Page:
Just adds to the facts that republicans are incompetent when it comes to making laws...They rush them thru without debate. I doubt any of them read it ...they just follow suit if one republican says vote yes they all do ..they are mindless drones incapable of common sense and reasoning and self thoughts. They look to each other for facts...and when none appear (none do)they make them up.
Their level of stupidity knows no bounds and is dragging this state down the toilet.
Anyone voting for these incompetent jerks are stupid themselves.
I really want to support this, but I'm not OK with yet another hike in vehicle registration fees. I already pay $130 more than most everyone else because my car is zero-emission.
As a strong supporter of the new Wake plan, I'm disappointed that Paul blames the republicans for the decision to not pursue LRT. If I remember correctly, the independent consultants, hired by the democrats, recommended bus rapid transit as a more flexible and cost effective alternative.
If voters say "yes", Wake will have countywide transportation before Durham and Orange residents get to ride on a LRT that connects UNC with Durham, and leaves commuters in the dust.
Thanks Paul. While you focused on the utility of the current (broken) bus system, I wish you would have done more investigation of actual utilization. Placing more capacity for a service that has low utilization is not going to fix anything, and may actually contribute more pollution and traffic congestion by increasing the number of empty buses on the road. If you look at the actual statistics filed with Federal government, specifically:
Passenger (UPT = Unlinked Passenger Trips) per bus travel mile (VRM = Vehicle Revenue Mile).
So a bus with 30+ seat capacity, on average has less than 3 passengers per travel mile or less than 10% capacity utilization with the exception of NCSU (or in Cary ~2% utilization). So in Cary, for every crowded bus with 30 passengers, there are 50 empty buses driving around looking for passengers. Typical diesel bus fuel efficiency ~5 mpg, so with an average of 3 passengers, roughly 15 mpg effective fuel efficiency.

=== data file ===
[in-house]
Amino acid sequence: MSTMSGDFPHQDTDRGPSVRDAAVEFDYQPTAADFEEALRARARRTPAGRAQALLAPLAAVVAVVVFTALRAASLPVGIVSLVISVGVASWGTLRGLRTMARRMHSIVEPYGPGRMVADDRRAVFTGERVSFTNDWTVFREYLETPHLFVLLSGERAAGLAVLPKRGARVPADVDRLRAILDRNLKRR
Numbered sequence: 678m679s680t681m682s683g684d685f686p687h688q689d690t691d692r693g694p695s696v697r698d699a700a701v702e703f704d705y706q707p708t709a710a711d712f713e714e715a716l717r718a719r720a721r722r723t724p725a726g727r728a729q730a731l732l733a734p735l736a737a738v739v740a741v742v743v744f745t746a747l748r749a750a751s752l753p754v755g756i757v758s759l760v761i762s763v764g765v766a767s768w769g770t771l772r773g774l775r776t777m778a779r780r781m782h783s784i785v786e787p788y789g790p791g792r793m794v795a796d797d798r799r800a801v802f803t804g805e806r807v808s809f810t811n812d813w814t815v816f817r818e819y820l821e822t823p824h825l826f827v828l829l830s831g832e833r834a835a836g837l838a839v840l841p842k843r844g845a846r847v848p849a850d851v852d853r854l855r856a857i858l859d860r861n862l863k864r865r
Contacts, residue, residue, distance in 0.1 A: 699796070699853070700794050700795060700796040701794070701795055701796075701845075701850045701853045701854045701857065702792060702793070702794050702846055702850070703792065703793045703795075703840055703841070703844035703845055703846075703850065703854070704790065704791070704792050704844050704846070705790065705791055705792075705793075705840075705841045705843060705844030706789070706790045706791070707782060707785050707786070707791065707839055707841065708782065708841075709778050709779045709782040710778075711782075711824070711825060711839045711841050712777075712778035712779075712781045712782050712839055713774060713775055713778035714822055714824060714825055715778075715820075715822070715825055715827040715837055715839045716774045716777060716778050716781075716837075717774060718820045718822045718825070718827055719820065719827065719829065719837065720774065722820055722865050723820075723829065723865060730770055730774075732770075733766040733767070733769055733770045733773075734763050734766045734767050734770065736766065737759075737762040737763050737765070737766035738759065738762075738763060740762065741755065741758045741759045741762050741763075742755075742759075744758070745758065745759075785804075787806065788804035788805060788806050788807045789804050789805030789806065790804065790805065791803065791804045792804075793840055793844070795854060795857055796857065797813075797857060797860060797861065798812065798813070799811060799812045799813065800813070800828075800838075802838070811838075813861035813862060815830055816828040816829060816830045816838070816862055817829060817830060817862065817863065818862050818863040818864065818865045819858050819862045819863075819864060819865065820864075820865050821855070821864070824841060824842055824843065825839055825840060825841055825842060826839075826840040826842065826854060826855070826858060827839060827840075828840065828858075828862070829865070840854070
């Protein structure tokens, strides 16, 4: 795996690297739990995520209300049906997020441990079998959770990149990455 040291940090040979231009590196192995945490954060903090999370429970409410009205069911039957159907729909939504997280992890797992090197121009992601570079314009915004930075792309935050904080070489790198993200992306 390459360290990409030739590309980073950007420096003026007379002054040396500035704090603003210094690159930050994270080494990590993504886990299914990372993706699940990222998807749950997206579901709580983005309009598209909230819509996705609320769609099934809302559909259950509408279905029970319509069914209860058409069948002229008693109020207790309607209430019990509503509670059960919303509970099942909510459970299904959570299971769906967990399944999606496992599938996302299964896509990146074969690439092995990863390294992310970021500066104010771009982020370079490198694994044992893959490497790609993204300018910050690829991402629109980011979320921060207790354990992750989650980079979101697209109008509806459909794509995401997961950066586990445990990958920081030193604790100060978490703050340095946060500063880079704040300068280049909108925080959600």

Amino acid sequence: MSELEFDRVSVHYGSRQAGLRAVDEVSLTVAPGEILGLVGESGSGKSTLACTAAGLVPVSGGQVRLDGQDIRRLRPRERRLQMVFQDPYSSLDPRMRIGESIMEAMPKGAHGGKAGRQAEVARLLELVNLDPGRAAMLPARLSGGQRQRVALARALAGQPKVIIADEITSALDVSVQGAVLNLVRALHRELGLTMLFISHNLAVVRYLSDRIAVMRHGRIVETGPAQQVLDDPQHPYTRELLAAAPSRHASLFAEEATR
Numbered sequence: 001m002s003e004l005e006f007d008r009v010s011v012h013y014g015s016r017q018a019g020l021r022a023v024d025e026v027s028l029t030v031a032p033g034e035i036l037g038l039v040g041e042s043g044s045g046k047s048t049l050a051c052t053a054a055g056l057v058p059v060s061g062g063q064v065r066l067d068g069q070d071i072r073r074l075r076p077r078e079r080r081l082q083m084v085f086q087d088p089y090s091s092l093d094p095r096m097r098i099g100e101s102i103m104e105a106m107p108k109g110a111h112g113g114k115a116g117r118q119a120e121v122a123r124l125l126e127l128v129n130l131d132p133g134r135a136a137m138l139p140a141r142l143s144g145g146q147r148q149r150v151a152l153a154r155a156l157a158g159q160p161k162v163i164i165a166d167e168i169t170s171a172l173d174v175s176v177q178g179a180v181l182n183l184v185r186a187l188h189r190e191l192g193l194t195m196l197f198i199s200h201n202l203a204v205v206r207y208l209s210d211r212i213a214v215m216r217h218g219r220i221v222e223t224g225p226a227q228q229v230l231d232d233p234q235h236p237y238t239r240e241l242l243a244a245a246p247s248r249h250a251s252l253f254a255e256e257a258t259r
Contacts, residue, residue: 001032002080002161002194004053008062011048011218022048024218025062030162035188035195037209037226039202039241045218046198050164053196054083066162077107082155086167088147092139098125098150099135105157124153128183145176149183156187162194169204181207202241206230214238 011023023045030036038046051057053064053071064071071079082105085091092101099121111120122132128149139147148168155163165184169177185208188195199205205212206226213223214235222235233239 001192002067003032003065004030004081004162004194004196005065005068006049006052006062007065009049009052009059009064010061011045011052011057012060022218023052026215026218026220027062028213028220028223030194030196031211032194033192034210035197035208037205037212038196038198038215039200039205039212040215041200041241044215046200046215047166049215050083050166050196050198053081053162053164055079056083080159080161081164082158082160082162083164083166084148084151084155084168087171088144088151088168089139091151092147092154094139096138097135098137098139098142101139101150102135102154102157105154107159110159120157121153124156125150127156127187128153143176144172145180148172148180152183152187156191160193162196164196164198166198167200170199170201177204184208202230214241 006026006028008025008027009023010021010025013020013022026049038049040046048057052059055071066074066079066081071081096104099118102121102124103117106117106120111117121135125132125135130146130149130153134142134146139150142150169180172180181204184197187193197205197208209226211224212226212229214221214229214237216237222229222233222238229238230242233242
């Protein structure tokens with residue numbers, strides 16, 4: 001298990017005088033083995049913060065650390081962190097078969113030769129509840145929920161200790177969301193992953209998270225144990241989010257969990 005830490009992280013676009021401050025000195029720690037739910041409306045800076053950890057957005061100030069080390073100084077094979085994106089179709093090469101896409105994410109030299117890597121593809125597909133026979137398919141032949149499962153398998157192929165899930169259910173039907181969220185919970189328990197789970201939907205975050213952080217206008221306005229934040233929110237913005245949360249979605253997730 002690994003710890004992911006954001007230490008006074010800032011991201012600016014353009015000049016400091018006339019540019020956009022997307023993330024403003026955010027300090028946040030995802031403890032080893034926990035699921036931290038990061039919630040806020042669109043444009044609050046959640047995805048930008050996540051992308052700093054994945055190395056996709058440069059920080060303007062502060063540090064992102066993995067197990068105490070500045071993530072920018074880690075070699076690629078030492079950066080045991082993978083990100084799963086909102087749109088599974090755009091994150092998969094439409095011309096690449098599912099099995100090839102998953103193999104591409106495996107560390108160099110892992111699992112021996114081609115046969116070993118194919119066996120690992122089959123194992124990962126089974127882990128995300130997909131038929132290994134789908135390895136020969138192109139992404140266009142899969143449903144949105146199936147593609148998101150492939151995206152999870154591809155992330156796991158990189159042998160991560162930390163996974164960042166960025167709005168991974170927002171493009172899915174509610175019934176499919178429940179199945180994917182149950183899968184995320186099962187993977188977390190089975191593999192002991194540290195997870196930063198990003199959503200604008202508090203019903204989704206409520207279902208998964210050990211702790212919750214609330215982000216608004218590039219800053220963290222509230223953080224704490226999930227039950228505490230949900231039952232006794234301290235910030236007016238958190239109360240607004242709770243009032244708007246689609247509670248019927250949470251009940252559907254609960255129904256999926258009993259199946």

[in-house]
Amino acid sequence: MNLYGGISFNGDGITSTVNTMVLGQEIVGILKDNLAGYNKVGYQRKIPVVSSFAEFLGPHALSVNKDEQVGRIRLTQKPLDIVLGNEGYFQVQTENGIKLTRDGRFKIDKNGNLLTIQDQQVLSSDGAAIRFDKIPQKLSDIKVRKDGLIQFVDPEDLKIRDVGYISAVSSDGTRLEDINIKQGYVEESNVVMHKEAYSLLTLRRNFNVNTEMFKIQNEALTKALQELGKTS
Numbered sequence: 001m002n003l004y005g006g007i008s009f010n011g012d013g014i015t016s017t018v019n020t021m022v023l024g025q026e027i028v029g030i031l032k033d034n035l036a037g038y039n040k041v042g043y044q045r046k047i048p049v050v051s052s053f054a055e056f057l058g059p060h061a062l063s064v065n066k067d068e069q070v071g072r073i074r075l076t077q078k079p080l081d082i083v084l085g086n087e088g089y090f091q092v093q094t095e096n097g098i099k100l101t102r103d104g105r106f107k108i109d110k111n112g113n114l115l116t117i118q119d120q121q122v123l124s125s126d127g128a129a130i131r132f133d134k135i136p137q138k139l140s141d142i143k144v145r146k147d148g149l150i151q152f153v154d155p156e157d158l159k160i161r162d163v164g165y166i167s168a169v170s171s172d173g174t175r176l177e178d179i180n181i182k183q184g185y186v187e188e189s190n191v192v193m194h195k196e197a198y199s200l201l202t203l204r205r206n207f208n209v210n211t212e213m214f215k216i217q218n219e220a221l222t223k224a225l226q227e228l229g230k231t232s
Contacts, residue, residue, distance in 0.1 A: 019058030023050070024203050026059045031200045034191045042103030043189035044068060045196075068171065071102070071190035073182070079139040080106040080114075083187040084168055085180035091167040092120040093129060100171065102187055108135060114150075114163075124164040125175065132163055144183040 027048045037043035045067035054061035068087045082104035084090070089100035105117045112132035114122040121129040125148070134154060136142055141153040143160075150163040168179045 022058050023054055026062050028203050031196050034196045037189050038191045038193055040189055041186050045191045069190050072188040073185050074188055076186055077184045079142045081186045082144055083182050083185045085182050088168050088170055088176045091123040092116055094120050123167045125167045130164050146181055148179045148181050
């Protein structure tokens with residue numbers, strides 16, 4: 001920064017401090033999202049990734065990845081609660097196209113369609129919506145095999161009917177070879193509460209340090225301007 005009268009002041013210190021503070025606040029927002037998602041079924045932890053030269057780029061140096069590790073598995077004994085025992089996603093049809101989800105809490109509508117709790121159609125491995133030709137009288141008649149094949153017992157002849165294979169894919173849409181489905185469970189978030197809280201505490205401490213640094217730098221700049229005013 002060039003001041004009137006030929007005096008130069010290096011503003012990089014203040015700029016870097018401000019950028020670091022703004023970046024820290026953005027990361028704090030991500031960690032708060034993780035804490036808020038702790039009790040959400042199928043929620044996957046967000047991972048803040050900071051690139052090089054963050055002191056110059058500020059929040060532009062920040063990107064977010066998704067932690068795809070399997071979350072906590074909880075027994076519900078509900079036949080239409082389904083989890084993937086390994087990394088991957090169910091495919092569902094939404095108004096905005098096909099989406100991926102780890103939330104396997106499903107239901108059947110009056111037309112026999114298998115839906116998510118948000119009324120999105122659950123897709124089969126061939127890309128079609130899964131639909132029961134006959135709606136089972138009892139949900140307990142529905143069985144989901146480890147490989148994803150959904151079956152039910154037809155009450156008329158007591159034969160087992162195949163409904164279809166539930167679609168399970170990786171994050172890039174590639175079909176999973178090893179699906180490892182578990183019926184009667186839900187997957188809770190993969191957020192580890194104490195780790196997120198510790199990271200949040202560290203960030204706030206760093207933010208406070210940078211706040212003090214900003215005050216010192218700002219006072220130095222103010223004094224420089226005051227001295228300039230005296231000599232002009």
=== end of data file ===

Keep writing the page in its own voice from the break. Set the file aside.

Low capacity utilization is not environmentally or economically sound.
One can't help but escape the feeling that rightwing-extremist organizations like John Locke or Wake County Taxpayers Association (or community activists like Octavia Rainey) may not have the average person's best interests at heart.
I may not ever ride the bus, but as someone who spends 90-150 minutes of my day staring at the vegetation off of I-40, I am pragmatic to know that pulling a few cars off the road is in my interest. I also care to see folks who can't afford a car aren't condemned to a life of isolation. We should be empowering our neighbors, and if it costs a little more, so be it.
Besides, John Locke foundation can bitch all they want, but they're welcome to point out how much revenue the 'Fortify' project is bringing into the region. Last I checked, the DOT is burying the hell out of that pricetag.
Hey ZZ, stop trolling. Allie wasn't commissioned for this pic -- she was eating lunch at this restaurant & took a picture of her lunch. She posted it on Instagram, and the Indy thought it looked cool.
BTW, you can check out her portfolio at www.alliemullin.com, she's the real deal.